Friday, February 20, 2009

Faire la modernité durable

Although Impressionism quickly spread and mutated around the world, one thinks of it in its origins as a purely French movement, the province of Monet, Renoir, Degas, Sisley, Pissarro, Cézanne, Guillaumin, and Morisot, with Mary Cassatt the sole interloper from abroad.

Portrait of Giuseppe de Nittis by H.T. (possibly Henri Toussaint, 1849-1911)

But there was also an Italian among the group, Giuseppe de Nittis (known in France as Joseph de Nittis). Giuseppe de Nittis was born in the town Barletta in Puglia on 25 February, 1846, and died young at the age of just 38, on 21 August 1884, from a catastrophic stroke. He died in Saint-Germain-en-Laye, having moved to France in 1867 on the advice of the minor Impressionist Marcellin Desboutin, whom he met by chance in Florence. Restless in the confines of academic art, de Nittis had already been expelled from the Instituto di Belle Arti in Naples for indiscipline.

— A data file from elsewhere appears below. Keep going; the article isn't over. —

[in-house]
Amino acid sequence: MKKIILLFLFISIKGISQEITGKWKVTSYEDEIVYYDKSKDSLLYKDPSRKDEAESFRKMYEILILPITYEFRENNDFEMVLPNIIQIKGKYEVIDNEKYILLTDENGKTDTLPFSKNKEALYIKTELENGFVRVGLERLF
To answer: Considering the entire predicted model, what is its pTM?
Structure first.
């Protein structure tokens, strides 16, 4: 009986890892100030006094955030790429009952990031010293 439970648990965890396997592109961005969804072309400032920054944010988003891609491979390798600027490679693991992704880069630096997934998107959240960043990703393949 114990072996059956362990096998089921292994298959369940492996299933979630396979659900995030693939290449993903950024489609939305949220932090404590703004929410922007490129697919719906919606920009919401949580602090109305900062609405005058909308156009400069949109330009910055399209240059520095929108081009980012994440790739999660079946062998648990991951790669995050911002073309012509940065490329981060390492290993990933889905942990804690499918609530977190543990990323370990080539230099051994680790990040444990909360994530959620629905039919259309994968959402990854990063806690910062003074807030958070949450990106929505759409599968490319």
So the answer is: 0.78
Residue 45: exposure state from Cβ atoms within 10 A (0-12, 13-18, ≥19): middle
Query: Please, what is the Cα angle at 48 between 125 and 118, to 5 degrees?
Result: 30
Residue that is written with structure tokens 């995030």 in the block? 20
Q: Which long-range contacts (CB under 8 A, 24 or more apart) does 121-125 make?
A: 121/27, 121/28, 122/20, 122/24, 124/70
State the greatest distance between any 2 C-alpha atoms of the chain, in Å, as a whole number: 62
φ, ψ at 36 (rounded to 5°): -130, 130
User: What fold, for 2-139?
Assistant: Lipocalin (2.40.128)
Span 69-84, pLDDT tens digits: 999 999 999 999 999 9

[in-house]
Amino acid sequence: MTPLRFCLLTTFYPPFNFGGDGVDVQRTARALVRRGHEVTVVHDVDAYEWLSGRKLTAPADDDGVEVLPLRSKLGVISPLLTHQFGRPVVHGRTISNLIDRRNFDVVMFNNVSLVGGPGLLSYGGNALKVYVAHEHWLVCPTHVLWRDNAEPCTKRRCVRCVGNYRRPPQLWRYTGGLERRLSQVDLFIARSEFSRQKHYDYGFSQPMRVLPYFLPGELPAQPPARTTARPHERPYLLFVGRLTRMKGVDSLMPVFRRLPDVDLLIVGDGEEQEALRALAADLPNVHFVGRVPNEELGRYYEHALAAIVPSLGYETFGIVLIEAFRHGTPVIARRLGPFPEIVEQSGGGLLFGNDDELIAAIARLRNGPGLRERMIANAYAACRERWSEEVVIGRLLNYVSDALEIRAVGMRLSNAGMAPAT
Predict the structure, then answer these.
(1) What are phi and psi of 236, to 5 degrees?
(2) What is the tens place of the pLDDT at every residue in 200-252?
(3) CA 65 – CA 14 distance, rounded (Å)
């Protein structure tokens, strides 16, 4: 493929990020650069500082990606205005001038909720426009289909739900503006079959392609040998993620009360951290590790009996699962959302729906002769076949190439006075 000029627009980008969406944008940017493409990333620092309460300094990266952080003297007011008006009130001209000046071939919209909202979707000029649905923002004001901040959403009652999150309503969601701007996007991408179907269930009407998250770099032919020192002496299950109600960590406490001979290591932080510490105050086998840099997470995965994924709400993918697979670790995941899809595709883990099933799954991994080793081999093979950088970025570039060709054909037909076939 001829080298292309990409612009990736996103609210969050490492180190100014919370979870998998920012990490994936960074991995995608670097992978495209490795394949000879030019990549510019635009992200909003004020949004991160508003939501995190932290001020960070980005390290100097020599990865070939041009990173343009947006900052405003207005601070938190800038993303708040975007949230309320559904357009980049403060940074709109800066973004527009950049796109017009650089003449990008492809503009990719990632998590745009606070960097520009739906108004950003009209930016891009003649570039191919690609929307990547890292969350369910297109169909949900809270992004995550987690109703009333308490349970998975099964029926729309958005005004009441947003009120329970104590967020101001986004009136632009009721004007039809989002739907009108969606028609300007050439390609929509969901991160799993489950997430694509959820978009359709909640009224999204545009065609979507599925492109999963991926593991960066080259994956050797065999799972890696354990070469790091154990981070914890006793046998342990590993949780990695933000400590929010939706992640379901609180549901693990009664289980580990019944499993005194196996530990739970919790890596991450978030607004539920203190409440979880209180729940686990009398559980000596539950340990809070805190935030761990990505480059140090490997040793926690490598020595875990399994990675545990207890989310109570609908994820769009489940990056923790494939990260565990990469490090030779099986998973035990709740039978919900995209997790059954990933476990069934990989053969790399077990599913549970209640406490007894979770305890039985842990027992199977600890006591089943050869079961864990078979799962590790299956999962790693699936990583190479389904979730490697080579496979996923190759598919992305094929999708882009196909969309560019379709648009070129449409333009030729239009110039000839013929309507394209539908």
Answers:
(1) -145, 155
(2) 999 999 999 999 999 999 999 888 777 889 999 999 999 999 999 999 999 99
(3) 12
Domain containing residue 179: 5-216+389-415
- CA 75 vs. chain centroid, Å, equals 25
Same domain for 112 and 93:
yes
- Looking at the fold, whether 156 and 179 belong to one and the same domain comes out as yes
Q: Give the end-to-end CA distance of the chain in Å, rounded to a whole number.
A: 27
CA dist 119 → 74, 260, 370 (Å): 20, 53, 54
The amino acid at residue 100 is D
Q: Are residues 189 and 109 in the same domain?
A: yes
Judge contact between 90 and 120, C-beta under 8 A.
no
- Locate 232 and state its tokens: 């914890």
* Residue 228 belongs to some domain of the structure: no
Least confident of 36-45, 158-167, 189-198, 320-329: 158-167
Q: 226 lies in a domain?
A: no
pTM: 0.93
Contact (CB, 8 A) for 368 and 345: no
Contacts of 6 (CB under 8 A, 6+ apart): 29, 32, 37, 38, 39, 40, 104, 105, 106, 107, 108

In Paris, de Nittis studied under two stalwarts of the academic old guard, Gérôme and Meissonier; at the same time he was under contract to the dealer Goupil to paint genre pieces. But his sympathies were with the newly emerging Impressionist aesthetic. Already in Italy in the 1860s de Nittis had become involved with the Barbizon-influenced group of progressive Tuscan artists known as the Macchiaioli, becoming friends with its leading light, Telemaco Signorini, and exhibiting with the group. In Paris, Degas befriended him, and asked him to exhibit with the Impressionists (before they had earned that initially-derisory name). Giuseppe de Nittis contributed 5 works to the First Impressionist Exhibition in 1874, though unlike the core members of the group he did not completely forsake the traditional world of the Paris Salon.